I have yet to see a manager take drafting hitters to the extreme like that, but by the same token, you see it done to some extent.
In a very deep redraft league I'm in, one of the managers decided to load up heavily on hitting to the point he had only drafted three closers, one RP for holds, and two aces: Lackey and Kazmir. He couldn't stream because for one thing, the league is deep enough to make the FA pitching pool appear absolutely horrid and another thing to consider is that there's a move limit. His team wound up floundering after a promising start and wound up in the bottom 3. All the while, he kept on picking up hot bats and mid-season call-up hitters.
I think the rationale in doing something like this is to diversify your hitter lot. He's bound to have a few rotten apples or a few underachieving batters on his squad and obviously if he has a few breakouts or a few diamonds in the rough, he has built a cachet to build upon pitching. Again, it's a common theme/philosophy in drafting your team, but taken up a notch in this particular case. The inherent risk in enacting this strategy is if your squad of offensive players becomes overvalued relative to their draft positions after looking upon their performances at some juncture of the year. Of course, playing the wire can be a risky business with respect to your ERA/WHIP and you're forced to play in the impact categories (W, SV, K). That's why loading up on 4 to 5 closers, along with a couple of established starters, and a couple spots used for streaming could counterbalance this.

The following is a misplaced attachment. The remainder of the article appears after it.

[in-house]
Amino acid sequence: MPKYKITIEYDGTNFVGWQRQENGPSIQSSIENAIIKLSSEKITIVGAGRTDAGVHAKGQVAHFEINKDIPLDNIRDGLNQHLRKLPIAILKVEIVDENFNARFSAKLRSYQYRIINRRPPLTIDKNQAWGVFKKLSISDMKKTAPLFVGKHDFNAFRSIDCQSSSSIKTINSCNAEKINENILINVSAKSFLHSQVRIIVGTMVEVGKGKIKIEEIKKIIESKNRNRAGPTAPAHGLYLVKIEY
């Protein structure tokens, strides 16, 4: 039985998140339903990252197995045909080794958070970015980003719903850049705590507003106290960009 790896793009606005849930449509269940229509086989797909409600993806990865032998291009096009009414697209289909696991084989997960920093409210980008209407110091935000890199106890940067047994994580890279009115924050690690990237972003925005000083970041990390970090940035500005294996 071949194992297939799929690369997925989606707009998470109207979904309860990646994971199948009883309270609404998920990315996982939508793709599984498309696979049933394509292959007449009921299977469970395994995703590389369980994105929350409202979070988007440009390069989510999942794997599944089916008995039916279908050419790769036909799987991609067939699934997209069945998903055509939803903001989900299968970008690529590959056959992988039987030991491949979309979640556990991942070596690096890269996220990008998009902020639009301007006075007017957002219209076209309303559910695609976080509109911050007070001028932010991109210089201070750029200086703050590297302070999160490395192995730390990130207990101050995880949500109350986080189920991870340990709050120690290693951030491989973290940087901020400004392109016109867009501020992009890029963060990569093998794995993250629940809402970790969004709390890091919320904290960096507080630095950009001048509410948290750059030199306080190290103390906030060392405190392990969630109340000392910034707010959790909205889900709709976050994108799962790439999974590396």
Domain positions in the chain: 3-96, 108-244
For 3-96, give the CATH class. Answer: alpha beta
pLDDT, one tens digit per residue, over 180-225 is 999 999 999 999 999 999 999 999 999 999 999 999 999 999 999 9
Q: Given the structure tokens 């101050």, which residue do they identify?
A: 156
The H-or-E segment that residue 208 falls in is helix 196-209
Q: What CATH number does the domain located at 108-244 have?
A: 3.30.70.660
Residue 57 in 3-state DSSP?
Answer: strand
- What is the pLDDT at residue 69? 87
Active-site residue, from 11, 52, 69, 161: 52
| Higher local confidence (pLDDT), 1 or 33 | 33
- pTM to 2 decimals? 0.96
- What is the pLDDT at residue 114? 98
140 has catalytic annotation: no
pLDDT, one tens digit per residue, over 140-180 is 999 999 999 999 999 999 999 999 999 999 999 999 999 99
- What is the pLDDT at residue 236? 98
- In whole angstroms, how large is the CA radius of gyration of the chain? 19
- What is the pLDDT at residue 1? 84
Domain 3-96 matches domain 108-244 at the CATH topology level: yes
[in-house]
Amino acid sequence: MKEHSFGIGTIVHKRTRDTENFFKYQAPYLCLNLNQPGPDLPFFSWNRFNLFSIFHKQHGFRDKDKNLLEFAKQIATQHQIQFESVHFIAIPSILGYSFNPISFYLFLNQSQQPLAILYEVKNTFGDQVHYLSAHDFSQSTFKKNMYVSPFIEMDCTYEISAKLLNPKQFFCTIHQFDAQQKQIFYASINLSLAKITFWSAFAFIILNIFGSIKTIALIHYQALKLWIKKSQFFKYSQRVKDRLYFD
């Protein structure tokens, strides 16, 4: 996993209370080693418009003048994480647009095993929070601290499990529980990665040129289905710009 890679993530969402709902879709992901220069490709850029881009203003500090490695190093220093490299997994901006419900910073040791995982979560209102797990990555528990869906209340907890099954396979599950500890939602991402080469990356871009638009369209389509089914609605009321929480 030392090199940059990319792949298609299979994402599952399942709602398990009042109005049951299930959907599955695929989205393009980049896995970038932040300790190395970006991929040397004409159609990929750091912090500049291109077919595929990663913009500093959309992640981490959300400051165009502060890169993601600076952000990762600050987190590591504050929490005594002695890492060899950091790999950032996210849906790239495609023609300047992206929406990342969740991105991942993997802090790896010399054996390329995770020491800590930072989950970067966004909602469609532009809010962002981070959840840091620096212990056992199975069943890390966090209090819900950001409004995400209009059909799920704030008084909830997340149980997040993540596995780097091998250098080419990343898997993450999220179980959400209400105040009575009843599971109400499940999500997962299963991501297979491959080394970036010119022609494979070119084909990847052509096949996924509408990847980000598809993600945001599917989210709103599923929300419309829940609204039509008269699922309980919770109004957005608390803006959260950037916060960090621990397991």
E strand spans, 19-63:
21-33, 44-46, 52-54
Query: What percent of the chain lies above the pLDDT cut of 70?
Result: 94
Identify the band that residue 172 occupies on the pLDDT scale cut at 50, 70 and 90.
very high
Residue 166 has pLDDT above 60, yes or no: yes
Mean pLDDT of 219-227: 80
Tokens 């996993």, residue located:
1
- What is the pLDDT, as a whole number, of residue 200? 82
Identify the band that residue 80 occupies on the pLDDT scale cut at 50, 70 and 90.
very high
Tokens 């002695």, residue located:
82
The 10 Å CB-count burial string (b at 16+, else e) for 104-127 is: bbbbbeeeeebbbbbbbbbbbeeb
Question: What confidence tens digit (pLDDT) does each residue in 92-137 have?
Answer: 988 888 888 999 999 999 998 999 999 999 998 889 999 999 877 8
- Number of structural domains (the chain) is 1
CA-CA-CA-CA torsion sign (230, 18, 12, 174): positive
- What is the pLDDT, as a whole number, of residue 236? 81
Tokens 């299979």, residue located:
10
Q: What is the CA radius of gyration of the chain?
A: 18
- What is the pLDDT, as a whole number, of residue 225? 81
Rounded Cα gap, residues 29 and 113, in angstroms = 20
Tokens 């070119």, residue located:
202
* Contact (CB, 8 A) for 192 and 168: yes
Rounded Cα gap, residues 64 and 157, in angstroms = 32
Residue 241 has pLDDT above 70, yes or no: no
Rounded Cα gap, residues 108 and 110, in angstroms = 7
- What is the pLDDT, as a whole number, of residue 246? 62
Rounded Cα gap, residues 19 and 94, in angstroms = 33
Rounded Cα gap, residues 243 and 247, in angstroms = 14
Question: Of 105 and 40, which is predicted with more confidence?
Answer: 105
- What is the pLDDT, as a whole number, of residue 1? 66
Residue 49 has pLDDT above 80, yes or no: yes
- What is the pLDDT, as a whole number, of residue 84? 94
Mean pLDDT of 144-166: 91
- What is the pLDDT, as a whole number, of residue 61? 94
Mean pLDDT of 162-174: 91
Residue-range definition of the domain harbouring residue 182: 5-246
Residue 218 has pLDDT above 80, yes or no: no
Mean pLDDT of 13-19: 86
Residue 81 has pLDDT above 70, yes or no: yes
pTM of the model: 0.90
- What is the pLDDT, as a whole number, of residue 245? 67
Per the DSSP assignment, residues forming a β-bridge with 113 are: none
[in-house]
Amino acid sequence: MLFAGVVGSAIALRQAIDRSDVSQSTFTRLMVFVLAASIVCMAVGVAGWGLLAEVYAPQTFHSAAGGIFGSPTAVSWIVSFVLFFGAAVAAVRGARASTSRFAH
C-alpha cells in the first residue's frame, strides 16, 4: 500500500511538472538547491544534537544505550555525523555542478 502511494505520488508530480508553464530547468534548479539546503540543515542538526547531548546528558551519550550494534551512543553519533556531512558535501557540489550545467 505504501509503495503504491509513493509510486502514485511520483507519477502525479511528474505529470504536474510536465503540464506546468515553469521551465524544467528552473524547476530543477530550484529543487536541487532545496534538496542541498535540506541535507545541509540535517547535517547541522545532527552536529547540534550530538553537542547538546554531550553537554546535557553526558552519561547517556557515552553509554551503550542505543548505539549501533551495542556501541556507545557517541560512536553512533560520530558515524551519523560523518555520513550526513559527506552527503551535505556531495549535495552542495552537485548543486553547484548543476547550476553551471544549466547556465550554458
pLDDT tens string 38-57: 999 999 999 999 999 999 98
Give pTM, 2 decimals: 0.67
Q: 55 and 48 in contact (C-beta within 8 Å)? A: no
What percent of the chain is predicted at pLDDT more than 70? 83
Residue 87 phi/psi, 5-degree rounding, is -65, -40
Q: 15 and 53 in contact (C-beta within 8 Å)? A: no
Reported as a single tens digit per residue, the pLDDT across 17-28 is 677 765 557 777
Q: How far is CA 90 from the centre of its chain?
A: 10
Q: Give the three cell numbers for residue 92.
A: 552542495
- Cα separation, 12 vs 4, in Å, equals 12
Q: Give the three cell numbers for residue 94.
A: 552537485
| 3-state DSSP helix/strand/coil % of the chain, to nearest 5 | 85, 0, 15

Even if this strategy is considered to take advantage of loopholes in H2H, it's part of the game and part of the fun in playing in one. If you don't like this standard type of league, then I suggest joining a league that takes into account K rates and add/drop transaction limits.